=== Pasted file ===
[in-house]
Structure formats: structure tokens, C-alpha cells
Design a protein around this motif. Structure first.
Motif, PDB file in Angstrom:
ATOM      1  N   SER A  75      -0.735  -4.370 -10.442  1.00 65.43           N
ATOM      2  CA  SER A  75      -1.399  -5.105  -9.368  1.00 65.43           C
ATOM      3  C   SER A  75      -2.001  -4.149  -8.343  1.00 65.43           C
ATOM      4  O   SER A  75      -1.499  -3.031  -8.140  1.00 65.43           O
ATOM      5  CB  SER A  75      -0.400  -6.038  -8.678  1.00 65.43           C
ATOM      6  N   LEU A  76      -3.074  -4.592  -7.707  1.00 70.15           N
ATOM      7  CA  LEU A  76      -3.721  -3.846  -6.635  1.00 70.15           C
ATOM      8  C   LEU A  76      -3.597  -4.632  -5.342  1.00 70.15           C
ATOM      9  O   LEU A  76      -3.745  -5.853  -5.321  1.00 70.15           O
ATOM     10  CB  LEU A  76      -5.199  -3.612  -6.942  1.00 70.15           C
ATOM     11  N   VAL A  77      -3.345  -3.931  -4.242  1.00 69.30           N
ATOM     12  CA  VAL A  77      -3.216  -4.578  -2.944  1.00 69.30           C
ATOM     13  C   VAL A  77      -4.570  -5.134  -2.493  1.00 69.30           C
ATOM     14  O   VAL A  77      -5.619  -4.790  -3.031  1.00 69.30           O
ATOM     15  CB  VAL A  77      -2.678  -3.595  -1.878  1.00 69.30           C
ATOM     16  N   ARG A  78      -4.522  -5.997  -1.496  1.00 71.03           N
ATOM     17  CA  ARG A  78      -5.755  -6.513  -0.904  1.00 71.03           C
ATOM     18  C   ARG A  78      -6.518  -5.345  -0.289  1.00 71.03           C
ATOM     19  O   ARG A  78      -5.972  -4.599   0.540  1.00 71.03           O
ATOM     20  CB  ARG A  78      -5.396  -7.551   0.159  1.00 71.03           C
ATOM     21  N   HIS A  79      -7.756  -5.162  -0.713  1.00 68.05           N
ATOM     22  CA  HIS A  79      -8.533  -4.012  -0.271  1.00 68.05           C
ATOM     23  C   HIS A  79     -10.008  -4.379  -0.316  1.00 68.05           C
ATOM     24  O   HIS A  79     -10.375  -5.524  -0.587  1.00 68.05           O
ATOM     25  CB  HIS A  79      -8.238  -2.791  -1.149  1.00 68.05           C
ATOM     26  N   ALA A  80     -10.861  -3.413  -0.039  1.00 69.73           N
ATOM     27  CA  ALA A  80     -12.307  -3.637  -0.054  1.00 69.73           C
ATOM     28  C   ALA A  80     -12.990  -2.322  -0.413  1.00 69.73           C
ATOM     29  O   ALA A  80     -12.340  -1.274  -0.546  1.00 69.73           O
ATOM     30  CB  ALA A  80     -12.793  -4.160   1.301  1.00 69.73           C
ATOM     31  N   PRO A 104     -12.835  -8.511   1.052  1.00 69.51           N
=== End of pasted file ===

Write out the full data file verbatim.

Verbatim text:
[in-house]
Structure formats: structure tokens, C-alpha cells
Design a protein around this motif. Structure first.
Motif, PDB file in Angstrom:
ATOM      1  N   SER A  75      -0.735  -4.370 -10.442  1.00 65.43           N
ATOM      2  CA  SER A  75      -1.399  -5.105  -9.368  1.00 65.43           C
ATOM      3  C   SER A  75      -2.001  -4.149  -8.343  1.00 65.43           C
ATOM      4  O   SER A  75      -1.499  -3.031  -8.140  1.00 65.43           O
ATOM      5  CB  SER A  75      -0.400  -6.038  -8.678  1.00 65.43           C
ATOM      6  N   LEU A  76      -3.074  -4.592  -7.707  1.00 70.15           N
ATOM      7  CA  LEU A  76      -3.721  -3.846  -6.635  1.00 70.15           C
ATOM      8  C   LEU A  76      -3.597  -4.632  -5.342  1.00 70.15           C
ATOM      9  O   LEU A  76      -3.745  -5.853  -5.321  1.00 70.15           O
ATOM     10  CB  LEU A  76      -5.199  -3.612  -6.942  1.00 70.15           C
ATOM     11  N   VAL A  77      -3.345  -3.931  -4.242  1.00 69.30           N
ATOM     12  CA  VAL A  77      -3.216  -4.578  -2.944  1.00 69.30           C
ATOM     13  C   VAL A  77      -4.570  -5.134  -2.493  1.00 69.30           C
ATOM     14  O   VAL A  77      -5.619  -4.790  -3.031  1.00 69.30           O
ATOM     15  CB  VAL A  77      -2.678  -3.595  -1.878  1.00 69.30           C
ATOM     16  N   ARG A  78      -4.522  -5.997  -1.496  1.00 71.03           N
ATOM     17  CA  ARG A  78      -5.755  -6.513  -0.904  1.00 71.03           C
ATOM     18  C   ARG A  78      -6.518  -5.345  -0.289  1.00 71.03           C
ATOM     19  O   ARG A  78      -5.972  -4.599   0.540  1.00 71.03           O
ATOM     20  CB  ARG A  78      -5.396  -7.551   0.159  1.00 71.03           C
ATOM     21  N   HIS A  79      -7.756  -5.162  -0.713  1.00 68.05           N
ATOM     22  CA  HIS A  79      -8.533  -4.012  -0.271  1.00 68.05           C
ATOM     23  C   HIS A  79     -10.008  -4.379  -0.316  1.00 68.05           C
ATOM     24  O   HIS A  79     -10.375  -5.524  -0.587  1.00 68.05           O
ATOM     25  CB  HIS A  79      -8.238  -2.791  -1.149  1.00 68.05           C
ATOM     26  N   ALA A  80     -10.861  -3.413  -0.039  1.00 69.73           N
ATOM     27  CA  ALA A  80     -12.307  -3.637  -0.054  1.00 69.73           C
ATOM     28  C   ALA A  80     -12.990  -2.322  -0.413  1.00 69.73           C
ATOM     29  O   ALA A  80     -12.340  -1.274  -0.546  1.00 69.73           O
ATOM     30  CB  ALA A  80     -12.793  -4.160   1.301  1.00 69.73           C
ATOM     31  N   PRO A 104     -12.835  -8.511   1.052  1.00 69.51           N